Upgrading from Leopard to SL

Discussion in 'Mac Apps and Mac App Store' started by TheBeastman13, Jul 7, 2012.

  1. TheBeastman13 macrumors regular

    Mar 5, 2012
    I just ordered Snow Leopard from Apple.com and am wondering what will need to be done before I pop the install disk into my Macbook. I do I simply insert the disk and follow the on-screen steps? Im not sure if this sort of upgrade poses the possibility of losing all the files on my Macbook. Thanks in advance for the help.
  2. CrickettGrrrl macrumors 6502a


    Feb 10, 2012
    B'more or Less
    Yes, you simply insert the disk and follow the on-screen steps, no, it shouldn't overwrite your current data. HOWEVER, it's a good idea to prepare before you install Snow Leopard, or any OS for that matter. I believe there is step by step info in the MR Guides section.

    Using Disk Utility in your Applications/Utilities folder, do a "Check Permissions" and if need be, "Repair Permissions". I also check the internal hard drive after that.

    Then take an external hard drive, format & partition it, use SuperDuper! or Carbon Copy Cloner to make a bootable clone of your current set-up in case there is a weird glitch with the SL upgrade. Once you have SL installed, it's a very good thing to make a bootable clone using CCC or SD! on another partition on the external hard drive.

    Once you know everything is fine, you can erase the Leopard copy on the external HDD and possibly use that partition for TimeMachine. Don't erase your Snow Leopard bootable clone, it's important insurance. :)

    You'll love the extras in Snow Leopard :)
  3. LeandrodaFL macrumors 6502a


    Apr 6, 2011
    Snow Leopard is the best OS X version for a lot of people, you will love it, but you wont notice much improvment going from Leopard allready, as most changes are in the "background"
  4. TheBeastman13 thread starter macrumors regular

    Mar 5, 2012
    Most of what you said went over my head. Lol I have no idea how to partition my external HDD, nor do I know what a partition is used for. Secondly, when making a copy of all my files, do I simply CMND A all the folders from my user account, application, and document sections in Finder, then drag them to my HDD ? Ive already formatted my external when I first bought it, do I need to do it again ? Thanks for the help.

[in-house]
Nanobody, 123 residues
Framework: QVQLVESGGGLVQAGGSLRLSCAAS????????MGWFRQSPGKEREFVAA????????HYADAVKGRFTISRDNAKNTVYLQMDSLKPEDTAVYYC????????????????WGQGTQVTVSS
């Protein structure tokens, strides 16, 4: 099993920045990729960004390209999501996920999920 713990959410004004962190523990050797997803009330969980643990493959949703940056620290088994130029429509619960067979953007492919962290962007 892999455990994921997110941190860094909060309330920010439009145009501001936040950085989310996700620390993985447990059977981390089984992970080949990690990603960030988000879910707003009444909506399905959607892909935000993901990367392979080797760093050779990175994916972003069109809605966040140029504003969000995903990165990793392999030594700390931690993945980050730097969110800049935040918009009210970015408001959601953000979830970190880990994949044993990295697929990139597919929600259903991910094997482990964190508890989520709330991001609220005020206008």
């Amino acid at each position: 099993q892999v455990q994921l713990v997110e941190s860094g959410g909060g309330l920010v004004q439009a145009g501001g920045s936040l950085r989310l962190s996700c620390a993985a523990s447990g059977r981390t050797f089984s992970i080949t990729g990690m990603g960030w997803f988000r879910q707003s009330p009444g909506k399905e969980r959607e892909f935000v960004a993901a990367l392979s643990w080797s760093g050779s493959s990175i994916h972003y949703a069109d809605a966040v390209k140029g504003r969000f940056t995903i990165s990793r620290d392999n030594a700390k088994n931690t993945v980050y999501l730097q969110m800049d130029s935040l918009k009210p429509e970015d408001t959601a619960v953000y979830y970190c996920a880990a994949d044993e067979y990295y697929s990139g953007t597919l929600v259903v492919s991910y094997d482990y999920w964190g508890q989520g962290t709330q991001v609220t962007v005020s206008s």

Ive never found a use for Time Machine and thus, it has never been set-up in the four years ive had my Macbook. Haha
  5. robgendreau macrumors 68040

    Jul 13, 2008
    Well, here's a use for it. You probably can just pop in the upgrade DVD and it will install SL with no loss to your data.

    Or it might fail. So yes, you do run a risk of losing all the files on your Macbook.

    So you need a backup. Although copying most user files works, it doesn't for a lot of applications. You will not be able to just copy them back and have some of them work. Especially complicated stuff like Word or Adobe products.
  6. TheBeastman13 thread starter macrumors regular

    Mar 5, 2012
    What is meant when people do a "clean install" of an OS, and do I need to do this when I get my SL package in the mail?
  7. Mal macrumors 603


    Jan 6, 2002
    A clean install is when you completely erase the hard drive you're installing onto, including all of your user data, and install a fresh copy of the OS. This would usually then be followed by manually copying your data back from a backup, but not restoring applications or preferences from that backup.

    It's absolutely not necessary unless you're experiencing significant problems. I would simply pop in the SL disk and run the installer, which will upgrade the OS but leave your user data and settings intact. If you have problems, then a clean install will be one possible troubleshooting step.

    BTW, do make sure you've backed up your data if you haven't already. Do this before you even think about installing Snow Leopard. You should never be without a backup, but certainly not before doing a major operation like upgrading your OS.

  8. TheBeastman13 thread starter macrumors regular

    Mar 5, 2012
    Thanks. Yeah, I spent an hour and a half yesterday copying all my files from the user account, Macintosh HD, application, and document sections of Finder and put them onto my Seagate.
  9. CrickettGrrrl macrumors 6502a


    Feb 10, 2012
    B'more or Less
    :rolleyes: Thank you Beastman, for confirming I'm a nerd.

    You can download SuperDuper! (for example) from here for free (although it'd be nice to donate to the developer):

    The site explains a lot. If your hard drive should ever bite the dust, you'd be able to boot right off the external drive as if it were your actual machine, use all your software, etc. When you copy your files to another hard drive randomly, they're not bootable. --Or your entire Mac tank, you could take your bootable drive and connect it to another Mac and work on it like it's your own machine. CCC & SD! make it soooo easy.

    Partitioning just means you're dividing your hard drive into sections. Like a bootable clone in one, a scratch drive in another, random files in another, etc.

    Please consider setting up Time Machine after (or before!) installing Snow Leopard. It's so easy too, that if (IF) something should happen to your Mac in future, well, why bothering kicking yourself in the butt then if you can set it up now practically effortlessly?

    Regarding the refinements in SL versus Leopard, --can't think of them off hand except the Mac App Store. I hate shopping, but damn, I do love looking at the Mac App Store.

    Another thing about using Time Machine, I used it from another iMac when I set up my new iMac. All my applications were installed, like MS Office & Adobe Creative Suite, and I didn't have to re-enter any user registrations, etc. Saved so much time!
  10. TheBeastman13 thread starter macrumors regular

    Mar 5, 2012
    Thanks for the info.

Share This Page